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1. Overview

Although Java is platform-independent, there are times when we have to use native libraries. In those cases, we might need to identify the underlying platform and load the appropriate native libraries on startup.

In this tutorial, we’ll learn different ways to check if a Java program is running on a 64-bit or 32-bit JVM.

First, we’ll show how to achieve this using the System class.

Then, we’ll see how to use the Java Native Access (JNA) API to check the bitness of the JVM. JNA is a community-developed library that enables all native access.

2. Using the System Property

The System class in Java provides access to externally defined properties and environment variables. It maintains a Properties object that describes the configuration of the current working environment.

We can use the “” system property to identify JVM bitness:


It contains “32” or “64” to indicate a 32-bit or 64-bit JVM, respectively. Although this approach is easy to use, It returns “unknown” if the property is not present. Hence, it will work only with Oracle Java versions.

Let’s see the code:

public class JVMBitVersion {
    public String getUsingSystemClass() {
        return System.getProperty("") + "-bit";
    //... other methods

Let’s check this approach through a unit test:

public void whenUsingSystemClass_thenOutputIsAsExpected() {
    if ("64".equals(System.getProperty(""))) {
        assertEquals("64-bit", jvmVersion.getUsingSystemClass());
    } else if ("32".equals(System.getProperty(""))) {
        assertEquals("32-bit", jvmVersion.getUsingSystemClass());

3. Using the JNA API

JNA (Java Native Access) supports various platforms such as macOS, Microsoft Windows, Solaris, GNU, and Linux.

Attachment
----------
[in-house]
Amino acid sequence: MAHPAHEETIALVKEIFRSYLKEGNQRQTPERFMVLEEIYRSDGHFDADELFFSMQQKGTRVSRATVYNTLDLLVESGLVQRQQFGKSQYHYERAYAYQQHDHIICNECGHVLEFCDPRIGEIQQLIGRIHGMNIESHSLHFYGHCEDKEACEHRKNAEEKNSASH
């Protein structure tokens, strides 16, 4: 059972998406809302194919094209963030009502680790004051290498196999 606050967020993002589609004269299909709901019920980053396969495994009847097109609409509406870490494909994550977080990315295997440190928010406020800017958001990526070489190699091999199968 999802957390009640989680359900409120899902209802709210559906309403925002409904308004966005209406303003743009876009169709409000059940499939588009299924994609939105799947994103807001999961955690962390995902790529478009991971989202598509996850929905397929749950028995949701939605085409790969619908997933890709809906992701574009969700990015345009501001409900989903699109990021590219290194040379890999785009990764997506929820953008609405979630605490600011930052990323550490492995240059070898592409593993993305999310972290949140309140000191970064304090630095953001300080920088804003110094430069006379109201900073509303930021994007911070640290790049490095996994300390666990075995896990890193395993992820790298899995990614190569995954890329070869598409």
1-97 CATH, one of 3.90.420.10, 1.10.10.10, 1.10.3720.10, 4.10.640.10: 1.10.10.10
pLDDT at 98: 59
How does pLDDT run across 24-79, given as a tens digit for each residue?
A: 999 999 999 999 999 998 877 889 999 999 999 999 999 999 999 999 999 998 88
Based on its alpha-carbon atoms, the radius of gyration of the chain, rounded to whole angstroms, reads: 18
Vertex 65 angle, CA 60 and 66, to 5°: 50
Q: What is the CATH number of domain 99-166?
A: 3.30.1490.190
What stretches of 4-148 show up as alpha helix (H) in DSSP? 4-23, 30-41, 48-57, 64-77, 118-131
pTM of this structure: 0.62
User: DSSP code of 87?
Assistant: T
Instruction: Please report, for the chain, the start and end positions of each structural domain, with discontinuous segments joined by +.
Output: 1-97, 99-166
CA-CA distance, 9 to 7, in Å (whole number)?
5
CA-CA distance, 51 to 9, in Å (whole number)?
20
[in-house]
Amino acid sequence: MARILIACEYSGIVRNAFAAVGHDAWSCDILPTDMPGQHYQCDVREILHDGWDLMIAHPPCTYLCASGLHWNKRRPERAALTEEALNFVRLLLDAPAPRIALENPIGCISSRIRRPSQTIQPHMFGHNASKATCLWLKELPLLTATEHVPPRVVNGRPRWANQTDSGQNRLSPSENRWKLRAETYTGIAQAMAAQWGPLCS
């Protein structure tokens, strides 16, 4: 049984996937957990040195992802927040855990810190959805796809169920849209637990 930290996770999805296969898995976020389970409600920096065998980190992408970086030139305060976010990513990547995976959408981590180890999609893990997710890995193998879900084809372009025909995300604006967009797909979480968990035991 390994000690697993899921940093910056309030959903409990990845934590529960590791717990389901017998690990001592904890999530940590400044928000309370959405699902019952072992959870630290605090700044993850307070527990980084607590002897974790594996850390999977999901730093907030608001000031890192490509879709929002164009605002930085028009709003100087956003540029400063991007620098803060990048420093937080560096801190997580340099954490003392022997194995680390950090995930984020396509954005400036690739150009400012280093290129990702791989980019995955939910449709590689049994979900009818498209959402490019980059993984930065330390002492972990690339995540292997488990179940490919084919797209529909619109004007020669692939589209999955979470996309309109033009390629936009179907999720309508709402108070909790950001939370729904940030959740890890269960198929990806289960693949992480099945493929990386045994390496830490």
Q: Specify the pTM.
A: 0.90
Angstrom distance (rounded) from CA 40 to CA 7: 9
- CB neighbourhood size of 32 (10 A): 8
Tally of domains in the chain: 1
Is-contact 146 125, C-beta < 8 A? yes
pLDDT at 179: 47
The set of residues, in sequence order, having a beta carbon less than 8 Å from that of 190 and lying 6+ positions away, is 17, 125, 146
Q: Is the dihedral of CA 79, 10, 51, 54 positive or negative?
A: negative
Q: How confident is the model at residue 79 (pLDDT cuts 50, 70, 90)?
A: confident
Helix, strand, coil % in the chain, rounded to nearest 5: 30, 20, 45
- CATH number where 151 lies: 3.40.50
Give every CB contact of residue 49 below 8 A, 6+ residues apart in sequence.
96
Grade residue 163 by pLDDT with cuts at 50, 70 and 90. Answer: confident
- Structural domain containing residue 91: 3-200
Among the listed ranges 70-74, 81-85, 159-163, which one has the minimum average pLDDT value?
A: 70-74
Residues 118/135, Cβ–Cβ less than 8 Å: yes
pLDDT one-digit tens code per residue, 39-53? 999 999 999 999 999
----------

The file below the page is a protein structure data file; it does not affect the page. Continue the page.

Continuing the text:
It uses native functions to load a library by name and retrieve a pointer to a function within that library.

3.1. Native Class

We can use POINTER_SIZE from the Native class. This constant specifies the size (in bytes) of a native pointer on the current platform.

A value of 4 indicates a 32-bit native pointer, while a value of 8 indicates a 64-bit native pointer:

if (com.sun.jna.Native.POINTER_SIZE == 4) {
    // 32-bit
} else if (com.sun.jna.Native.POINTER_SIZE == 8) {
    // 64-bit

3.2. Platform Class

Alternatively, we can use the Platform class, which provides simplified platform information.

It contains the is64Bit() method that detects whether the JVM is 64-bit or not.

Let see how it identifies the bitness:

public static final boolean is64Bit() {
    String model = System.getProperty("",
    if (model != null) {
        return "64".equals(model);
    if ("x86-64".equals(ARCH)
        || "ia64".equals(ARCH)
        || "ppc64".equals(ARCH) || "ppc64le".equals(ARCH)
        || "sparcv9".equals(ARCH)
        || "mips64".equals(ARCH) || "mips64el".equals(ARCH)
        || "amd64".equals(ARCH)
        || "aarch64".equals(ARCH)) {
        return true;
    return Native.POINTER_SIZE == 8;

Here, the ARCH constant is derived from the “os.arch” property via the System class. It is used to get operating system architecture:

ARCH = getCanonicalArchitecture(System.getProperty("os.arch"), osType);

This approach works for different operating systems and also with different JDK vendors. Hence, it is more reliable than the “” system property.

4. Conclusion

In this tutorial, we learned how to check the JVM bit version. We also observed how JNA simplified the solution for us on different platforms.

As always, the complete code is available over on GitHub.

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